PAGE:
By Mark Azzara
I tried to be brief with that letter but, in hindsight, I wish I’d written it in a longer form because most commenters generally missed my point. But if at first you don’t succeed …
The fact that The Times feels no restraint about printing articles such as this suggests, as one comment stated, that the paper needs to titillate readers in order to keep them. That says something pretty pathetic about perhaps the most well-educated group of readers in America. But the fact that The Times can do so without so much as a shrug also says something pretty pathetic about the newspaper.
To jog your memory about still-recent events, the media climbed all over one another to report on Donald Trump’s pre-election “hot-mic” comments about groping women. Critics howled. The reporter was fired because he seemed to participate in the conversation rather than object to it or question Trump’s views. And in the end Trump was elected.
You can’t complain about Donald Trump’s casual attitudes toward sexual behavior and then turn around and shrug when The New York Times panders to its readers. The Times is hypocritical when it objects to Trump’s attitudes about groping women and then publishes an article that encourages readers to take an equally cavalier attitude toward sex.
Cavalier attitude? Boy, this writer needs a shrink! We’re just talking about having fun in the sun, dude! “Lighten up,” to quote one commenter.
My critics should remember that couples who have had sex in public – for example, inside a house with the windows open and the shades up – have been arrested and charged with indecent exposure, and also corrupting the morals of children who witnessed such acts.
If you endorse those arrests then how can you also endorse canoodling in a canoe? Having sex in a canoe generally IS illegal, despite one commenter’s hilarious U.N. wisecracks, precisely because it could potentially occur in the view of others, including minors.
One commenter phoned my editor to object to my column, asserting that the Sex in a Canoe article is one of a “how-to” series in the Times’ magazine that involves some serious journalism.
Seriously? This particular how-to article trashes The Times’ reputation by demonstrating that the research that preceded the article was woefully inadequate. I can’t imagine how any reporter could do such research without ever asking herself, and then the police, if it might be illegal.
And let’s not forget that, in this day of hi-tech gadgets, anyone who discreetly observes such an on-the-water performance could also video-record it and post it to Facebook or other websites for millions, perhaps billions, to watch. That not only puts the canoodlists in jail; it also humiliates them.
Princess Catherine and Prince William honeymooned in a very remote location, but not remote enough to prevent a photographer with an extremely high-end telephoto lens from snapping a picture of the bride while topless at poolside. The Irish Times published the photo, which mortified the royal family and led to the ouster of the newspaper’s top editors.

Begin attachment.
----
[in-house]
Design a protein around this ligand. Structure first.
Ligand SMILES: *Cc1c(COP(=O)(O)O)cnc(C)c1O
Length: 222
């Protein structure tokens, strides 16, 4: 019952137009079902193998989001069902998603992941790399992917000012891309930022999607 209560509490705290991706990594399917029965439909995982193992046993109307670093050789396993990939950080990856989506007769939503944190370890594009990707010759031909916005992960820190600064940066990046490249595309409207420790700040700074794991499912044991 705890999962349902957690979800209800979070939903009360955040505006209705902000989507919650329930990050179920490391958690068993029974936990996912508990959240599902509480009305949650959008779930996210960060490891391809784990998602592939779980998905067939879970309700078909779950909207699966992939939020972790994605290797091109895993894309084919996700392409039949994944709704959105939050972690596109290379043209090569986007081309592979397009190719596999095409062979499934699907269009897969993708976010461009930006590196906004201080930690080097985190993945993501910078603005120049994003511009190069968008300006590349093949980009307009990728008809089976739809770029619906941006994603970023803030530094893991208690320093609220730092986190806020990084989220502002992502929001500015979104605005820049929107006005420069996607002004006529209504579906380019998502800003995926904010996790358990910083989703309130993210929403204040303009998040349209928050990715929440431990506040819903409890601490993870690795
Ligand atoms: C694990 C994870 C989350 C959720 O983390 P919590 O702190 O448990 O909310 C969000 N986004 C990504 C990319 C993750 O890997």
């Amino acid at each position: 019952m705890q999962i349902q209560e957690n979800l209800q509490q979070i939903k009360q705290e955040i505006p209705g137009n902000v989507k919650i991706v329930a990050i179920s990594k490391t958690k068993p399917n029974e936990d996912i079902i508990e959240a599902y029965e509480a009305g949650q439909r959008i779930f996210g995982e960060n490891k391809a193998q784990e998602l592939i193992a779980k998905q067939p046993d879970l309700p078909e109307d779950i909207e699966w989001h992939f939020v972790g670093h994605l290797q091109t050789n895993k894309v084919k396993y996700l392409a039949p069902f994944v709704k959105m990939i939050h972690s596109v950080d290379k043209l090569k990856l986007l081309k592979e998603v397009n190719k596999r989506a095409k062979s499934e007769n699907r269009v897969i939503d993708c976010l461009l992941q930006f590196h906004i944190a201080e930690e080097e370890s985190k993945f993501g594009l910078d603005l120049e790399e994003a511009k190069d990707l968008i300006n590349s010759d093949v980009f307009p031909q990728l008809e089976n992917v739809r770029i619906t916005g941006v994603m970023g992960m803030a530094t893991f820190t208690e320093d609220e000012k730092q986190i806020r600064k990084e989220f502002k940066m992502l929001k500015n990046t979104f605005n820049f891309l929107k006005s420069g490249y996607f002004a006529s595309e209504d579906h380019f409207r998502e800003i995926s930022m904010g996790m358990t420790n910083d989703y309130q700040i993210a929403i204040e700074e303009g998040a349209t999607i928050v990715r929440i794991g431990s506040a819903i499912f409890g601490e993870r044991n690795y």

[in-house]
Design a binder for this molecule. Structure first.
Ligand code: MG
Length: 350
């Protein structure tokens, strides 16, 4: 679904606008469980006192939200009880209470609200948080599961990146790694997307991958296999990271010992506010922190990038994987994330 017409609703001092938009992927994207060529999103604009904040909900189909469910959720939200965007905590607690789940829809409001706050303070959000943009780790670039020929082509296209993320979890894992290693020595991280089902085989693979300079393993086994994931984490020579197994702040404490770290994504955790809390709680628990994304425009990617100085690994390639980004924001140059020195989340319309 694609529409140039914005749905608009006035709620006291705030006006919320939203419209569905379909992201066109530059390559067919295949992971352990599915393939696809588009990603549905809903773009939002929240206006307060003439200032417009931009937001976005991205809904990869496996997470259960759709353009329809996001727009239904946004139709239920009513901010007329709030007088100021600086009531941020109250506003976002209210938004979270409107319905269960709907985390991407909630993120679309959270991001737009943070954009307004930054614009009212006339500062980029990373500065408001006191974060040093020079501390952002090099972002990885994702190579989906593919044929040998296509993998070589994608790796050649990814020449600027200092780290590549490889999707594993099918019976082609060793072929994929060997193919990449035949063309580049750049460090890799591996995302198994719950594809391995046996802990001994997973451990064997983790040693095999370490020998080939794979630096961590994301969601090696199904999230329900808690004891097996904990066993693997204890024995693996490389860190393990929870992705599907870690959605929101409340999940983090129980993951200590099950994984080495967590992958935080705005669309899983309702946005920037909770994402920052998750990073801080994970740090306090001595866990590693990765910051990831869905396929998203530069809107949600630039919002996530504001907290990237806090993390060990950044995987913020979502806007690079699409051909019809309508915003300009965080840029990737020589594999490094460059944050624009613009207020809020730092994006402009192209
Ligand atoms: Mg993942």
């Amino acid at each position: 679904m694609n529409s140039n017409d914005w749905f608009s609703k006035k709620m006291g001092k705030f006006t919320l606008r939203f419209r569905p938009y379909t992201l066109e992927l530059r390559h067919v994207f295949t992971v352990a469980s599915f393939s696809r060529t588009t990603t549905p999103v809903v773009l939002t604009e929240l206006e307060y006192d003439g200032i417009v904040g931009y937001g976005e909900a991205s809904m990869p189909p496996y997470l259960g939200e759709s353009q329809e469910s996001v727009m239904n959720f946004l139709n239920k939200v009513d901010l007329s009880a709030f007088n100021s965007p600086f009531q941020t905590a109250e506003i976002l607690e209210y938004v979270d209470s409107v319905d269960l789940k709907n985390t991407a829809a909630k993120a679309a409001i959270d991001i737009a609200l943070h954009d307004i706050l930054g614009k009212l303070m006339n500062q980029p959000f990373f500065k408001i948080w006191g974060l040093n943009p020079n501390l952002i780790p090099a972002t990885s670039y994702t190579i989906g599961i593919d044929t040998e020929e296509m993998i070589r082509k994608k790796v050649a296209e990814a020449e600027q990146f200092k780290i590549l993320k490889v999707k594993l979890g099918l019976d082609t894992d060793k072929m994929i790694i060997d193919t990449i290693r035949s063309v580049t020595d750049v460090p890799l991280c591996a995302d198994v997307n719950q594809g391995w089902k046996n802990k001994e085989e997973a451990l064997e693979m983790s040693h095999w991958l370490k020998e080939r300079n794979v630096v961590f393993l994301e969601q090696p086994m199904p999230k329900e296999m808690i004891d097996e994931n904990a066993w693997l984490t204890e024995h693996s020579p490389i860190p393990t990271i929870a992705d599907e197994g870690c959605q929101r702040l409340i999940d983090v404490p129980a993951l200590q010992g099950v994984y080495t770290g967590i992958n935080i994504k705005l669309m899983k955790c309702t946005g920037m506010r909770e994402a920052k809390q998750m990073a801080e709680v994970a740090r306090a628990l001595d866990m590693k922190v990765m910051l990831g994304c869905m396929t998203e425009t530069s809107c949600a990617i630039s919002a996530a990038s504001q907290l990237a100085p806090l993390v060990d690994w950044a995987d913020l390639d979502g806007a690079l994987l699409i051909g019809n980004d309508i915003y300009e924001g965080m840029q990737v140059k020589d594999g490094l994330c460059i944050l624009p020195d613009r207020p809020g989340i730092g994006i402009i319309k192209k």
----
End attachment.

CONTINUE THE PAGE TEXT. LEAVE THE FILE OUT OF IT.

Did you endorse publication of that photo? Or were you, like most people, horrified that someone’s privacy had been so totally invaded? To object to that photo and then endorse an article about people having sex in a canoe reflects a double standard because the same fate could befall the canoeists.
As for my previous column, when a newspaper with the reputation of The New York Times can no longer tell the difference between sex as a completely private act between two people and sex a public act that’s illegal because others can witness it, then it undermines that newspaper’s ability to discern right from wrong, legal from illegal, in other areas, too.
The implications for The Times in particular and journalism in general are significant because, whenever The Times or any of its columnists complains in the future about unacceptable/illegal behavior on the part of any government official, such comments can be dismissed as hypocrisy. How can a newspaper gripe about illegal behavior after publishing a column that tells people how to do something that’s illegal?
That hypocrisy opens the door to having the rest of its work, by extension, discounted as “fake news.” I’m not talking about Trump and the Alex Jones/InfoWars camp. I worry that middle-of-the-road readers, those who believe that our politics and government must have a moral basis, might begin to stop trusting The Times because it has lost its moral center. Remember what happened to the Irish Times.
You might argue that I’m worrying about nothing – just imagining a worst-case scenario for the sake of making an argument. But 30 years ago who would have thought the day would come when newspapers would be struggling for their lives amid skyrocketing costs and a collapse of advertising and readership thanks to competition from instant e-news?
The New York Times is facing those challenges, but prostituting itself in an attempt to find and keep readers isn’t the way to solve its problems. The Times also is the paper most journalists look up to. Will other editors try to replicate the Times’ example, even if it leads to the same dire results?
When mistrust of legitimate independent media is lost it may be impossible to regain. And when that mistrust becomes the norm within society we’re in deep doo-doo because then we no longer know whom to believe.
Your comments are always welcome – especially from those who believe I’m still wrong and can show me why.
All God’s blessings – Mark
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